I’ve been reading Michael Alan Nelson’s Hexed since it debuted this August, and I’ve been loving every moment of it. Michael started the series off on a great note in the very first issue and he has maintained that consistency and momentum since then. Of course, Dan Mora and Gabriel Cassta’s artwork also deserves high praise since it is one of the biggest reasons to buy this comic.
In the latest issue from last Wednesday, we see a big showdown between the three main characters of Lucifer, Yves and Lady Cymbaline. Lucifer got caught in the tug of war between Yves and his sister Lady Cymbaline back in the first issue, and now we see the epic confrontation that Michael has been building up to since then. It is everything that I could ask of it and each character gets to show off their powers and their abilities. I particularly liked how Lucifer is able to out-think both Yves and Lady Cymbaline. I’ve been a fan of hers since the beginning and now I have even more reason to like her.
Plus, Michael goes a bit further and he deepens the mystery surrounding Val and the Harlot. I found that to be really interesting since I like both characters, Val more than the unfortunately-named Harlot. Val is awesome, as she proved in the second issue when she beat Yves at his own game. Where the story is really going is anyone’s guess, but I’m having a hell of a time with it and couldn’t ask for more.
Dan’s artwork here is the best he’s done on the series so far. Lucifer and Raina together make for an awesome visual chemistry, as do Lady Cymbaline and Yves, though they are far more antagonistic by several degrees than Val’s two… assistants. Gabriel also won me over completely with his colours in this issue, with some really eye-popping palettes in the second half. The artwork absolutely rocks in the second half.
A highly recommended series this one!
The Kitchen #1:
The Kitchen is the brain-child of Ollie Masters and Ming Doyle, the latter being one of my favourite artists in recent years. That’s how I found out about the series actually, when Ming tweeted some preview pages IIRC. I loved them, and wanted to read the issue as soon as I could, and this past week, that is exactly what I did.
The Kitchen #1 is crime story set in New York. Almost noir-ish. It tells the story of the wives of three mobsters, who take up the slack when their husbands are carted off to the jailhouse for a number of crimes. Two of the wives themselves slack off in the absence of their husbands, but the third, Kath, still goes about her husband’s business as if nothing has changed and she is the one who sets the others right by the end of the story.
The story is quite brutal at times but it also shows three strong women. They want respect, the same as their husbands deserved and took, so that’s what they go out and get. It is a fun story, quite down-to-earth in some ways and also quite ambitious in others. Great start undoubtedly.
The fantastic Jordie Bellaire is on colours for this issue, with Ming on the pencils, with letters by Clem Robins and Becky Cloonan on cover. This is a fantastic line-up of creators, and for a story like this, things couldn’t be better. Like I said, this is also a noir-ish story, so the vibe is certainly there in terms of how the characters move about, what they do, and all the little details that populate everything in between.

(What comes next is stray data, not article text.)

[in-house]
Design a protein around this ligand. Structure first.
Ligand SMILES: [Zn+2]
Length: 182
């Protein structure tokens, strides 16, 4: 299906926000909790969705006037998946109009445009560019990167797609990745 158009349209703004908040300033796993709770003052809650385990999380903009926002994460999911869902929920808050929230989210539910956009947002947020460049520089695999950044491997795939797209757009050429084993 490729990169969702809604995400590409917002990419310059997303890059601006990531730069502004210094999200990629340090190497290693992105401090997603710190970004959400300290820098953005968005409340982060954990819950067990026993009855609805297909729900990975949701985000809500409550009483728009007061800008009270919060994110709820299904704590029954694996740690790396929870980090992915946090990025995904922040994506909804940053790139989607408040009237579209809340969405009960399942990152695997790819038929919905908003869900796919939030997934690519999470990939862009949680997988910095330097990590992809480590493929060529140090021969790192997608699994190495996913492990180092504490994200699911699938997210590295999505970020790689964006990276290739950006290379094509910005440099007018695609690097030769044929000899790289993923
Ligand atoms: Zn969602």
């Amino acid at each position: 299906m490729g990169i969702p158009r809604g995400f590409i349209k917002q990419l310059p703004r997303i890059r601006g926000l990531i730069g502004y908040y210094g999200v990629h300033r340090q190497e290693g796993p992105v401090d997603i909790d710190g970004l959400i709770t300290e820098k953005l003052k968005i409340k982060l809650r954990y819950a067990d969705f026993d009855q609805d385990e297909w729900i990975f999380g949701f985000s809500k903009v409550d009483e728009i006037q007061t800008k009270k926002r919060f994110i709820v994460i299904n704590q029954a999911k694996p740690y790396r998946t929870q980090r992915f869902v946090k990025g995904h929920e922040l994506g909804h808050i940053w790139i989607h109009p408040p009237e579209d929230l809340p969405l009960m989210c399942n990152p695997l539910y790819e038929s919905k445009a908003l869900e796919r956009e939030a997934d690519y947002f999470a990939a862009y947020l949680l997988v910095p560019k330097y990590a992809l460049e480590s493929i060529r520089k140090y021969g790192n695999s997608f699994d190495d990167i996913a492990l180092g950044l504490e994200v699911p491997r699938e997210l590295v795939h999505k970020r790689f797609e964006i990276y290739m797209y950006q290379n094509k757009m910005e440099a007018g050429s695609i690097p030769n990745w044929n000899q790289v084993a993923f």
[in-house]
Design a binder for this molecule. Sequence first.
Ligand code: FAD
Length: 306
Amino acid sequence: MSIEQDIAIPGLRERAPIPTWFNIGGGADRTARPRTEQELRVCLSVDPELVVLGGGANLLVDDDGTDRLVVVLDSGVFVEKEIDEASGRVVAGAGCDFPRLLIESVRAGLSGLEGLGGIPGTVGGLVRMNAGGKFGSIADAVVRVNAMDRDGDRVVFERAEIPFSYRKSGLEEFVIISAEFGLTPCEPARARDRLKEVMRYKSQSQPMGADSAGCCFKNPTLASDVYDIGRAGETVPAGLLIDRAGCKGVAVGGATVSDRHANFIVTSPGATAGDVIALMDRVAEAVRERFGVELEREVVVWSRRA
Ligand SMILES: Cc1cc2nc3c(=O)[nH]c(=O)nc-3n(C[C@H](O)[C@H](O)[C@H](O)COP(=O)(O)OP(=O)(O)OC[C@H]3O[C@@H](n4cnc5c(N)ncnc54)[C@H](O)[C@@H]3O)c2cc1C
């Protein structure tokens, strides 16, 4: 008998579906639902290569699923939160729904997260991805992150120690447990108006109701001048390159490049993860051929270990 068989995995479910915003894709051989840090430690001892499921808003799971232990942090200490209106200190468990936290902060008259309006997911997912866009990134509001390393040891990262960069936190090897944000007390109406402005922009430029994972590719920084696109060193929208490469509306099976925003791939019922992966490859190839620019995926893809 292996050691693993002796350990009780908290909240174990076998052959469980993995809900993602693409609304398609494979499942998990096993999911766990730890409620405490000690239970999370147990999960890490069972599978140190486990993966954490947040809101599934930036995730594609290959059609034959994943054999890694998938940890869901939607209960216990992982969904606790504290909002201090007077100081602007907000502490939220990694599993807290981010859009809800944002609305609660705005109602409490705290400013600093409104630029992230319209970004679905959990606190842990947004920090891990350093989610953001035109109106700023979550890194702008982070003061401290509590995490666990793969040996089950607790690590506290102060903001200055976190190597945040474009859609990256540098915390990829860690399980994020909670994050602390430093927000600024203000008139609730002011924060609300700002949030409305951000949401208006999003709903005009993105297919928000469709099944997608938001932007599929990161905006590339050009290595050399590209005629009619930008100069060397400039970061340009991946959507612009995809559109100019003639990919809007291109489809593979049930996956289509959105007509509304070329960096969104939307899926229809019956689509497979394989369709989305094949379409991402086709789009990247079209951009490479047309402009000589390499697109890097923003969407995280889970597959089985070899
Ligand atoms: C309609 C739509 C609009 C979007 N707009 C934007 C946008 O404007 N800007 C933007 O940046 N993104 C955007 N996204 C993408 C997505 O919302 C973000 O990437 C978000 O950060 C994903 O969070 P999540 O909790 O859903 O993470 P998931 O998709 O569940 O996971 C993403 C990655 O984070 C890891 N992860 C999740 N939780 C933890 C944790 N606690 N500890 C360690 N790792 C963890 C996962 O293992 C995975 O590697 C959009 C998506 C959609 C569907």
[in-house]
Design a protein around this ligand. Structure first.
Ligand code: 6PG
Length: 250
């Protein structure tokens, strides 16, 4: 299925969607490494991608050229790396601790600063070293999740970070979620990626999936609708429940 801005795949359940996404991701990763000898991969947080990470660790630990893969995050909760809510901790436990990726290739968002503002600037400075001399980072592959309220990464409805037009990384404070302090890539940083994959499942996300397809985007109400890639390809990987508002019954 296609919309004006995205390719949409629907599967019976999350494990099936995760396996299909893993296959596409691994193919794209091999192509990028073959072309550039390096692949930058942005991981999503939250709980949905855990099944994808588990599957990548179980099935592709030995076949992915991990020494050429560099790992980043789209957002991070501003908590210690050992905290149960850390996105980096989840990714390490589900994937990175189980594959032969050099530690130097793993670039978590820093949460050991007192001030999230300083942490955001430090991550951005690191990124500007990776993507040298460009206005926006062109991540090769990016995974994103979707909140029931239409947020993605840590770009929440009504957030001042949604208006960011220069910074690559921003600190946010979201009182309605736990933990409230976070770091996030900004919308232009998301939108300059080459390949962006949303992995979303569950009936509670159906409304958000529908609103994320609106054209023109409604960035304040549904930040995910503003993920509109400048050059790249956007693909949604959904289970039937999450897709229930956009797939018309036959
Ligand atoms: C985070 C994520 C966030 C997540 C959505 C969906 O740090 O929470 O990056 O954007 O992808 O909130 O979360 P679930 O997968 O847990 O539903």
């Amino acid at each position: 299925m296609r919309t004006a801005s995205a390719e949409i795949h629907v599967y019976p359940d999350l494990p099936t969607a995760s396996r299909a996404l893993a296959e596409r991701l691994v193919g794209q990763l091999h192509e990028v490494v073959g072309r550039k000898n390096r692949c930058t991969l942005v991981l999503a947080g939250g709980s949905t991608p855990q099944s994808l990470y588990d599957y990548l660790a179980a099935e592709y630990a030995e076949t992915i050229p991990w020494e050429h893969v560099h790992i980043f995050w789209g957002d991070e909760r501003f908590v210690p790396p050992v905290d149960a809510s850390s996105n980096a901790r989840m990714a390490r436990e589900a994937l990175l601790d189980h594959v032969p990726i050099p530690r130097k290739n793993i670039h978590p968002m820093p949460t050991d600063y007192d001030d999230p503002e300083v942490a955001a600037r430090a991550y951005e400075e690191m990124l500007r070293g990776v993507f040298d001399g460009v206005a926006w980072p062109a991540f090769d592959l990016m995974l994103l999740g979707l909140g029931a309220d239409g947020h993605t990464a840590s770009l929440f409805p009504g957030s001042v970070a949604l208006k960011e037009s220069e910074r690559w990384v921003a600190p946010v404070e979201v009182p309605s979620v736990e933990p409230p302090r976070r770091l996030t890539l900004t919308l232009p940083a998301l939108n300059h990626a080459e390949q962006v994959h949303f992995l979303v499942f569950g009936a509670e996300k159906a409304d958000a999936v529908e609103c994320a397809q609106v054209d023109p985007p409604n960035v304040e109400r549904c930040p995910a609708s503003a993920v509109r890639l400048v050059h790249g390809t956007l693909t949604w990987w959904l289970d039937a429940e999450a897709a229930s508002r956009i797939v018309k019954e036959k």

Another new series I would recommend to everyone!
Valiant’s superhero team book Unity has been a great read since it debuted last year. After putting the characters through as much as he did in the last year or so, especially with the recent crossover he did with Robert Venditti, Matt Kindt went a bit further last month when the team was made public and MERO was transformed into a more friendly organisation, GATE. It is a very exciting time to be a Unity fan and the latest issue proves that quite handily.
Of course, given the fact that Unity is now an open secret and that the American and British governments are dedicated to making Unity as friendly a team as possible for the people out there all over the world, it stands to reason that there will be some changes made. The first of these of course, is that Livewire aka Amanda McKee does a live interview with Renee Rousseaux, the reporter we saw in the very first issue when Aric was rampaging in the old lands once belonging to the Visigoth people, his people.
The interview is quite an interesting mechanic to cover everything that has happened to the team so far and I’m kind of amazed that Matt went down this route. Livewire spills all the beans on the team that she can and it turns out later that all of Renee’s questions had been approved beforehand. Makes sense after all since even in the interest of transparency, GATE wouldn’t want to give all the power it holds, especially the kind of power that GIN-GR has. But, it is great nonetheless and by the end we see that there’s going to be a new member on the team, which made me personally very excited. Should be fun!
CAFU is the artist here with Trevor Hairsine, with colours by the amazing Brian Reber and letters by Dave Sharpe while Brian Level does the cover artwork. I loved the artwork here, let me be frank. It can be a bit heavy with the inks in a few places and the colours can be a bit too dark as well, but overall, it all really fits together. And I was quite surprised to note a number of new characters. The former “Allies” have their own team, so it stands to reason that their enemies would do something about it as well. The visual diversity is amazing in itself.
Love where this series is going and can’t wait to see what’s next in store.
Posted on November 19, 2014, in Comics Reviews, Fast-Shot Comics Reviews, Review Central and tagged Action, Action-Adventure, Aliens, Amanda McKee, Archer & Armstrong, Archer & Armstrong: One Percent, Aric of Dacia, Ariela Kristantina, Armor Hunters, Becky Cloonan, Ben Wilsonham, Black Magic, Boom Studios, Brennan Wagner, Brian Level, Brian Reber, British Intelligence, CAFU, Clem Robins, Comics, Comics Review, Dan Mora, Dark Magic, Dave Sharpe, Deep State, Django, Django Unchained, Django/Zorro, Dr. Silk, Dynamite Entertainment, Ed Dukeshire, Emma Rios, Esteve Polis, Eternal Warrior, Fast-Shot Comics Reviews, Female Superheroes, Gabriel Cassata, Gilad, Gilad Anni-Padda, Hexed, Horror, Jordie Bellaire, Justin Jordan, Livewire, Lucifer, Madame Cymbaline, magic, Matt Kindt, Matt Taylor, Matt Wagner, Michael Alan Nelson, Ming Doyle, Movie Tie-In, Ninjak, Old West, Ollie Masters, One Percent, Psiots, Quentin Tarantino, Raina, Review, Review Central, Science Fiction, Simon Bowland, Space Opera, Superheroes, Supervillains, Television Tie-In, The Kitchen, Thieves, Trevor Hairsine, Unity, Urban Fantasy, Urban Fantasy Horror, Val Brisendine, Valiant Comics, Vertigo Comics, Visigoths, Western Fiction, Wild West, Women in Comics, Women in Fantasy, Women In Urban Fantasy, X-O Manowar, Yves, Zorro. Bookmark the permalink. 7 Comments.